My life as an MLA
Hey there, time traveller!
This article was published 24/05/2019 (1344 days ago), so information in it may no longer be current.
I am humbled to have had the opportunity to serve the people of my community for the past 21 years. I walk into the legislature every day with the same enthusiasm to serve my constituents as I did when I was first elected.
What caused me to seek elected office in the first place was my strong desire to make a difference. At that point I’d had a rewarding career as a nurse. I was a neurosciences nurse then worked in Continuing Education in the surgical specialties at the St. Boniface General Hospital. I taught nurses how to care for patients with head injuries, ruptured aneurysms, and spinal cord injuries. I designed educational material and worked on quality assurance programs. I worked with a partner to design a charting system to capture critical thinking skills of nurses. I was involved in medical and nursing research. This is all to say that I really loved being a nurse. Later, I became the executive director of Child Find Manitoba. Both of these careers were challenging and rewarding.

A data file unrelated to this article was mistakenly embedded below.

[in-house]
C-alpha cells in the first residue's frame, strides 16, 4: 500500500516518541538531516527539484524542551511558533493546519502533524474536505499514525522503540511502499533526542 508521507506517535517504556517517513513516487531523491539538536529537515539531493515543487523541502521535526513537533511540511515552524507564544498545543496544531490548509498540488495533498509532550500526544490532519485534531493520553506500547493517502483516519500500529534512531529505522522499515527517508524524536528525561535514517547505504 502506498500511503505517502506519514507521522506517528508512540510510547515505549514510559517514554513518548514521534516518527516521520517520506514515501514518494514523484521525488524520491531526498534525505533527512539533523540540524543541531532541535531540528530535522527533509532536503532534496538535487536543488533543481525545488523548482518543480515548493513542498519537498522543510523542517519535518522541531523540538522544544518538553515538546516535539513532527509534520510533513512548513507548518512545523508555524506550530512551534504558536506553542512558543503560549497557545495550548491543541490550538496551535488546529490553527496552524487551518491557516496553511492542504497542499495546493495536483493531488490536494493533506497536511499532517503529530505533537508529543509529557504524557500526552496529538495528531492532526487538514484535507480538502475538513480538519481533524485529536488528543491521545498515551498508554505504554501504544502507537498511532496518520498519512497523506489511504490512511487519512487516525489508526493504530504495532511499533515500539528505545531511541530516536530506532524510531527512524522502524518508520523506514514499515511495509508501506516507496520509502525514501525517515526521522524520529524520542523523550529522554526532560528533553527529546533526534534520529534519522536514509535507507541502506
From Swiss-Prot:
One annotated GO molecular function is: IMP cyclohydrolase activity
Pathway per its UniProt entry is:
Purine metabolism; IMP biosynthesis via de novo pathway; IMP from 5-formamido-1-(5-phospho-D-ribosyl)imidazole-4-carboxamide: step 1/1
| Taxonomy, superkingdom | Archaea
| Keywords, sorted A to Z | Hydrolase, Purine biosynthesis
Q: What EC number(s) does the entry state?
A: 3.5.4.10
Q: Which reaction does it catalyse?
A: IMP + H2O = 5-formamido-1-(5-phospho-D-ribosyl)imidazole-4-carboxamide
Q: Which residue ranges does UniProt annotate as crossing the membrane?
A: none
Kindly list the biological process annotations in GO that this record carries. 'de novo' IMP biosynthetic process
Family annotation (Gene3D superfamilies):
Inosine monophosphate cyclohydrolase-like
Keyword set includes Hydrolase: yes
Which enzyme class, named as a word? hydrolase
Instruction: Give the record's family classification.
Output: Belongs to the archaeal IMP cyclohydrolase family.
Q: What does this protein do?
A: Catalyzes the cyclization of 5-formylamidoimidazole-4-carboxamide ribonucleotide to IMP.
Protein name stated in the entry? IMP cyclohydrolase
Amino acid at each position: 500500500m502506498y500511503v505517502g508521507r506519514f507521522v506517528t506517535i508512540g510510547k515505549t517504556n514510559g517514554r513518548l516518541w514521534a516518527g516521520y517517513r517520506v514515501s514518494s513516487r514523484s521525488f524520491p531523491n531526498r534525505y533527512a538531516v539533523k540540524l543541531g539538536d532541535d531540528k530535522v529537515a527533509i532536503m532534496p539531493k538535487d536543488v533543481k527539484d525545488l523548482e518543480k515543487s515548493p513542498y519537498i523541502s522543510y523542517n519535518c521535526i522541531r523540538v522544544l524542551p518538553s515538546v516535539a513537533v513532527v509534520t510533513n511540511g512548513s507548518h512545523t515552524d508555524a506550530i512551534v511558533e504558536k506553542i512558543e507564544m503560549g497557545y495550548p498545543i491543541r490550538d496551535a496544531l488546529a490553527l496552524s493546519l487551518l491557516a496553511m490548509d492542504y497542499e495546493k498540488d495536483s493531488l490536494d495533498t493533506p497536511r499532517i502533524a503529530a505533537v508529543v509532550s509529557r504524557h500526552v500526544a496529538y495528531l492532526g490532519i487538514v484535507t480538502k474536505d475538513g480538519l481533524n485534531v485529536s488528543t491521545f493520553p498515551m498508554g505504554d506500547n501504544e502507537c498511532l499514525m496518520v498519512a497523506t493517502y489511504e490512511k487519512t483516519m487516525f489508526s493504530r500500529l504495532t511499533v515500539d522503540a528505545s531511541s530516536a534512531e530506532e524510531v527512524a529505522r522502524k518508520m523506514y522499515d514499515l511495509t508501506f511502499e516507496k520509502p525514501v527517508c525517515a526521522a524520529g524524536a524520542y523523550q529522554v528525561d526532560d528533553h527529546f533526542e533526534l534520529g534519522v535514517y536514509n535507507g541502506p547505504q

What inspired me to enter politics was my desire to make a difference in a new way. Working as a legislator to help improve people’s lives is what inspired me to run in 1998 and what has driven me to run for re-election every time since. I knew that working at the Manitoba legislature for my constituents would be an incredibly rewarding experience.
I am proud and humbled that I have had the rare success of five private member’s bills (PMBs) passed while in opposition. One was to establish the Nellie McClung Foundation, a foundation on which I am still a board member. This foundation worked to establish a monument on the Manitoba Legislative Building grounds that honours Nellie McClung and the Famous Five. Another bill called for annual accreditation of mammography machines. Later, I put forward the Liquor Control Amendment Act which allowed people to take their drinks with them into the washroom rather than having to leave them unattended in a public place. This legislation was intended to help prevent date rape. Another of my PMBs was one creating April as Sexual Assault Awareness Month. Finally, the Centennial of Manitoba Women’s Right to Vote Act ensured that the 100 years since Manitoba became the first province to grant most women the right to vote would be properly acknowledged.
I am honoured to be able to serve the constituents of Charleswood everyday. Check out my website to read more about what I’ve been up to at www.myrnadriedger.com
Roblin constituency report
Myrna Driedger is the PC MLA for Roblin.